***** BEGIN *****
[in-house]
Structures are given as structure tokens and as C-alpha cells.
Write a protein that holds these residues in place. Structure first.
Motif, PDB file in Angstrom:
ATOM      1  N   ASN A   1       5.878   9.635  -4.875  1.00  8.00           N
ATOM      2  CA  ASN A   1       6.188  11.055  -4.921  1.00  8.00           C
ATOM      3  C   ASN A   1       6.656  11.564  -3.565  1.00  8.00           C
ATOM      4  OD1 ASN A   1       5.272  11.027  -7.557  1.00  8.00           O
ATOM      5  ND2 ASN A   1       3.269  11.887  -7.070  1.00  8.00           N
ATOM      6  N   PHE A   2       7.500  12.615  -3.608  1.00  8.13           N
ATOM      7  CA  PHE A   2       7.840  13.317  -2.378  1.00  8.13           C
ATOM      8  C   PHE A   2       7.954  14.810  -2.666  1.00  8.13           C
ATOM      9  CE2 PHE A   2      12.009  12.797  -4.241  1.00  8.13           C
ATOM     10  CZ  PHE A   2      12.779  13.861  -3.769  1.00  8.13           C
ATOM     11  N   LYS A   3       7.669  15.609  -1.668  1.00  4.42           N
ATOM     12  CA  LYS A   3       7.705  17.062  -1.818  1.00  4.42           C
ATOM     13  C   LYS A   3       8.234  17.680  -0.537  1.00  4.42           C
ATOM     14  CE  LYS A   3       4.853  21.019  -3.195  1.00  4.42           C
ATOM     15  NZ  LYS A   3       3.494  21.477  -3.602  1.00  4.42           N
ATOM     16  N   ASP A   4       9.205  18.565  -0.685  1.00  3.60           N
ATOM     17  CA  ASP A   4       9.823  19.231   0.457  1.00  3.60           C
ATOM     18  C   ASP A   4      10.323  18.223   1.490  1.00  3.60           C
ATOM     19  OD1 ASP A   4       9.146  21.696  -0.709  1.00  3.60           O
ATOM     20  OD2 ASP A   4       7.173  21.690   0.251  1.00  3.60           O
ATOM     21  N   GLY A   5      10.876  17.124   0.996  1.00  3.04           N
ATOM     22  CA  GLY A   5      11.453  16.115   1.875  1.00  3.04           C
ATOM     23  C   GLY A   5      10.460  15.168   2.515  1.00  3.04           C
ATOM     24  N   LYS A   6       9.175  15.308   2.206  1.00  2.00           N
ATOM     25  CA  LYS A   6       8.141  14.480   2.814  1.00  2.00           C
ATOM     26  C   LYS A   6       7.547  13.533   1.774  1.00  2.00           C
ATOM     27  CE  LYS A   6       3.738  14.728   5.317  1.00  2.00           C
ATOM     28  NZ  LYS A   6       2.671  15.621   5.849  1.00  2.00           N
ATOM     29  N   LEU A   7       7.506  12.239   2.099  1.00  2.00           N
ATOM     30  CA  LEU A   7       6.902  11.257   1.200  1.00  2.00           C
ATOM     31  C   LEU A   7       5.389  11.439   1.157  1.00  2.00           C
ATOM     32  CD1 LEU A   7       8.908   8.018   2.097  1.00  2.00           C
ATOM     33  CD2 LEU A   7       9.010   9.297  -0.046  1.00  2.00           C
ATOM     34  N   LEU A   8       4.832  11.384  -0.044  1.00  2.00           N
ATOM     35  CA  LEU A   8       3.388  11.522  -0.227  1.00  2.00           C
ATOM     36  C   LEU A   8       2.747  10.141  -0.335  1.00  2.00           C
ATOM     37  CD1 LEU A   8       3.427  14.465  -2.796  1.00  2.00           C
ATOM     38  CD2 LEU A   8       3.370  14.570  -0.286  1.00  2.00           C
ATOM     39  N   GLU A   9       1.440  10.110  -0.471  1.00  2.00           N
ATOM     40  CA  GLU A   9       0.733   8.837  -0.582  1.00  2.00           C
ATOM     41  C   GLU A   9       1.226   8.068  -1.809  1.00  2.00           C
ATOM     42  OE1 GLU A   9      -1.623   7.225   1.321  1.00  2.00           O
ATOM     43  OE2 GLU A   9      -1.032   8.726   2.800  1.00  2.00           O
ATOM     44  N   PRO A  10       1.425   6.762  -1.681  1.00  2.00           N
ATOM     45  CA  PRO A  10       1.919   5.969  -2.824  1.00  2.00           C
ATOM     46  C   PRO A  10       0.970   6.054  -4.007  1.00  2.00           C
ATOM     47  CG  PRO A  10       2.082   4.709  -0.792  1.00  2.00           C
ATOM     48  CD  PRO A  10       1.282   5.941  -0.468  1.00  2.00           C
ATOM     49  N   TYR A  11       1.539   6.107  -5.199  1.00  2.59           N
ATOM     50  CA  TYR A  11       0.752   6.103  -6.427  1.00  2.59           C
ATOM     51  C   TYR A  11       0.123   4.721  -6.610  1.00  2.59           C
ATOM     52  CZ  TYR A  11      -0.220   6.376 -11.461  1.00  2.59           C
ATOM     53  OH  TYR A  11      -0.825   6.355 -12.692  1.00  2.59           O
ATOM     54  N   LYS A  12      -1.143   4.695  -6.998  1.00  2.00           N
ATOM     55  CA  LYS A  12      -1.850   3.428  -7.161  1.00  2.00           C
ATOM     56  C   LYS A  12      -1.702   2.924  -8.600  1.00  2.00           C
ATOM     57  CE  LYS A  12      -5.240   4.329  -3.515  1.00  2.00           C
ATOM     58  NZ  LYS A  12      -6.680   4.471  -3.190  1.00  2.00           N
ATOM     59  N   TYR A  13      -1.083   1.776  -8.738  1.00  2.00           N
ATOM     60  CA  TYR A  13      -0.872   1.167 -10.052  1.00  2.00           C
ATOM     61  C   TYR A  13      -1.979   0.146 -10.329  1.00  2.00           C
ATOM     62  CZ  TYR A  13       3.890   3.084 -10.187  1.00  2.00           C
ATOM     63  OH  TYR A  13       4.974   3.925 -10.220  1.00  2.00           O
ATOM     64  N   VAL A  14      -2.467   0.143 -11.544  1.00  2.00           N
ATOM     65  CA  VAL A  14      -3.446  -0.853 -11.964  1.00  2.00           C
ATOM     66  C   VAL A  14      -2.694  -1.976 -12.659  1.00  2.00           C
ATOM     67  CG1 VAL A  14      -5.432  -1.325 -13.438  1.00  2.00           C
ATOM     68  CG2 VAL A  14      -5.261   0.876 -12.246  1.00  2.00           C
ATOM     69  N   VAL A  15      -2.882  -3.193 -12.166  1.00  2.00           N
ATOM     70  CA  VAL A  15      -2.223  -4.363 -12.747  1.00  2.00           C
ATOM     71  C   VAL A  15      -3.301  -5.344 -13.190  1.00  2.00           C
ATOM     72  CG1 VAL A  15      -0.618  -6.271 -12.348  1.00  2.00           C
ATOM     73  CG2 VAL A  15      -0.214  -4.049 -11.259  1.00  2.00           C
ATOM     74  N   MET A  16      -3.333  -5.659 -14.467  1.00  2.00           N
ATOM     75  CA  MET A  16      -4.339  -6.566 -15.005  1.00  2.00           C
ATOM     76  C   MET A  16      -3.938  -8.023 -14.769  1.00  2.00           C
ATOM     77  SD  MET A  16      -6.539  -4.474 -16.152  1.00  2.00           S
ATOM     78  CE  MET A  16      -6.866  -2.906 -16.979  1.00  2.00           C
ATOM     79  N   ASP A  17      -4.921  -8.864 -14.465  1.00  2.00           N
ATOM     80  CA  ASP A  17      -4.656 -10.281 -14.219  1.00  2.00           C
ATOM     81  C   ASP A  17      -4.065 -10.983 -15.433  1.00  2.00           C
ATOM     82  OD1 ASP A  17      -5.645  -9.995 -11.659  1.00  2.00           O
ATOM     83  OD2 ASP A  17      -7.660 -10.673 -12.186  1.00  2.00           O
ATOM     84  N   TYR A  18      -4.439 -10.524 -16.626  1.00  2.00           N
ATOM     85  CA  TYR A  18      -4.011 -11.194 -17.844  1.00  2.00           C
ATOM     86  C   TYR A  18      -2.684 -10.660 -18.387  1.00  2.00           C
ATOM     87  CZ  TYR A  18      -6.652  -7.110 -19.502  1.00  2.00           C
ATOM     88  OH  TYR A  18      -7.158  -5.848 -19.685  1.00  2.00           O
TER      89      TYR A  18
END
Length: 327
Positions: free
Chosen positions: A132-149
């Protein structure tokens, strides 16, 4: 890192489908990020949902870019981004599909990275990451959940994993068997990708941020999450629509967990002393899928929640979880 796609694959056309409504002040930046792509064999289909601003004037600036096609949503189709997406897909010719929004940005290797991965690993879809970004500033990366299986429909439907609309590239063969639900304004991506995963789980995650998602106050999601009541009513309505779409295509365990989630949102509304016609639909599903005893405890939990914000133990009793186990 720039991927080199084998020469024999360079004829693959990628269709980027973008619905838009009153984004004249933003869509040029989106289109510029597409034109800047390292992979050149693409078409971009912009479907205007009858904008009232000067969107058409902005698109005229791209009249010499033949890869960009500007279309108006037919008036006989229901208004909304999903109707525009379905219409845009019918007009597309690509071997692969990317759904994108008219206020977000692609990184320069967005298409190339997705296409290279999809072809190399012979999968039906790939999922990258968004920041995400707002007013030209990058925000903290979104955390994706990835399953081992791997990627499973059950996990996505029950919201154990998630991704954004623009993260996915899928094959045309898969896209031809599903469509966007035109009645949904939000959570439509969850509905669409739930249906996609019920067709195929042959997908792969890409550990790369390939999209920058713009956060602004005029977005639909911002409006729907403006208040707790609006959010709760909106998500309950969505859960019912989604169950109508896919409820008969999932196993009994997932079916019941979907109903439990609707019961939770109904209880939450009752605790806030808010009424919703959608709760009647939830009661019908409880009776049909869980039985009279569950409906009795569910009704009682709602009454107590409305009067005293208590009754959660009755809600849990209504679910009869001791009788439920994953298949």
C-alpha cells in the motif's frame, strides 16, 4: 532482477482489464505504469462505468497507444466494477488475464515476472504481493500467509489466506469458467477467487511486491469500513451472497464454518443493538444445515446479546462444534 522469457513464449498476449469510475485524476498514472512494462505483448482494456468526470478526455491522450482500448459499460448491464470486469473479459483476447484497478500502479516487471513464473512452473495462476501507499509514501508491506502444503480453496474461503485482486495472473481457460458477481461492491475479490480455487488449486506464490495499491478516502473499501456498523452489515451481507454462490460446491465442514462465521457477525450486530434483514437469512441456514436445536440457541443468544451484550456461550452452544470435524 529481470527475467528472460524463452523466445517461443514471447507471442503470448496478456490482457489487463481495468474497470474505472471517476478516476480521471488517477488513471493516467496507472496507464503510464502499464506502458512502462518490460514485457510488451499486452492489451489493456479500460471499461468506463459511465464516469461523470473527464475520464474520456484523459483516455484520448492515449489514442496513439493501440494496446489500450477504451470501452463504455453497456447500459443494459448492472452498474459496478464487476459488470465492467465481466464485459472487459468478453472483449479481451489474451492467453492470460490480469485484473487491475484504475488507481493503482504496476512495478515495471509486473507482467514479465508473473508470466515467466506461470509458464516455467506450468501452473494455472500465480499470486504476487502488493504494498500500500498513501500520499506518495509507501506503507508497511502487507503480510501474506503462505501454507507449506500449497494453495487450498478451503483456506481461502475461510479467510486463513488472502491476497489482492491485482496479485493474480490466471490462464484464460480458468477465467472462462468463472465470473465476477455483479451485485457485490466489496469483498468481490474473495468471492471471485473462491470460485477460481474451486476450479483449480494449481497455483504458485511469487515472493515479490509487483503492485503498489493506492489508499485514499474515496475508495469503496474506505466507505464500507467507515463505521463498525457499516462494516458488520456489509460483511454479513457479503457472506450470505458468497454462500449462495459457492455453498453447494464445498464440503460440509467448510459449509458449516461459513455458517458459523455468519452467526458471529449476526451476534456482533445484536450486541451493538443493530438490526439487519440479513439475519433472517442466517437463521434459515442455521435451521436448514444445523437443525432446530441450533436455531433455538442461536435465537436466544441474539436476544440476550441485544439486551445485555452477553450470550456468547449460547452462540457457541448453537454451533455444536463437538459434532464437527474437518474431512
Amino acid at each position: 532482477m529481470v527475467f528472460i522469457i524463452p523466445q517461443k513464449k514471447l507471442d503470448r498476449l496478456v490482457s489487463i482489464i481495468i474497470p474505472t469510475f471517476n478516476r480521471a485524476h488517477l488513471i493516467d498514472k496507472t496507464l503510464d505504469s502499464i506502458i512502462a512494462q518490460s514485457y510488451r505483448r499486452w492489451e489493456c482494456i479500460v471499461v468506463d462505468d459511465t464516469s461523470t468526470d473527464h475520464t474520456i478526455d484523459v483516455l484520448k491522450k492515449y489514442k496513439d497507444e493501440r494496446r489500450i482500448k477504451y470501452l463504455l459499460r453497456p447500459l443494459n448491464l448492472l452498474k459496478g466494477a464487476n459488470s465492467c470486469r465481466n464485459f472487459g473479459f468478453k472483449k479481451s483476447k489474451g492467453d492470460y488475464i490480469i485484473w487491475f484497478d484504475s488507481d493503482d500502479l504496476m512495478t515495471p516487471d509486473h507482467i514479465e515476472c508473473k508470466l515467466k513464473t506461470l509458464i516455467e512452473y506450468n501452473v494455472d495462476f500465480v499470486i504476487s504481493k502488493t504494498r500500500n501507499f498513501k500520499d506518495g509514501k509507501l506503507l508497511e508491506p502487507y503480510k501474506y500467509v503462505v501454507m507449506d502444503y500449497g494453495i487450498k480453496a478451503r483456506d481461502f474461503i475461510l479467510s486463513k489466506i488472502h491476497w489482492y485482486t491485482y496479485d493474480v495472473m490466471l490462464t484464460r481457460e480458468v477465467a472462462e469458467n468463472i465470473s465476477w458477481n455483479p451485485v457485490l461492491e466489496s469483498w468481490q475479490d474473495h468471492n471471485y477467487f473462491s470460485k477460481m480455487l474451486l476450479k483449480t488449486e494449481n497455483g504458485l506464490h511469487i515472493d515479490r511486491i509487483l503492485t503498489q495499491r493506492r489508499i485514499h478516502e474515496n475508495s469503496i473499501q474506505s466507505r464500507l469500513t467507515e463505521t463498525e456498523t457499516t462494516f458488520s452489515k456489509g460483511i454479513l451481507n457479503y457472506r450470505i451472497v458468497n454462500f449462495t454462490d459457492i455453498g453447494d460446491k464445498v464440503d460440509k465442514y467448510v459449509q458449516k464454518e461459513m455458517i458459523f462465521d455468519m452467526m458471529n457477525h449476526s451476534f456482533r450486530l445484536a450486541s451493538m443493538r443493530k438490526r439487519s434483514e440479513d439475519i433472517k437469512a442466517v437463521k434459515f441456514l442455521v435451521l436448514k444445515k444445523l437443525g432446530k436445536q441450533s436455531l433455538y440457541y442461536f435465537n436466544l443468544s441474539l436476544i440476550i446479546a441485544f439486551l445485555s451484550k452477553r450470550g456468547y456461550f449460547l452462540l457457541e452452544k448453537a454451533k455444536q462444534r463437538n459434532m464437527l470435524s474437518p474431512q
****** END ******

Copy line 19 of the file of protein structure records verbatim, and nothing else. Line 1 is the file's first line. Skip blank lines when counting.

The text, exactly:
ATOM     15  NZ  LYS A   3       3.494  21.477  -3.602  1.00  4.42           N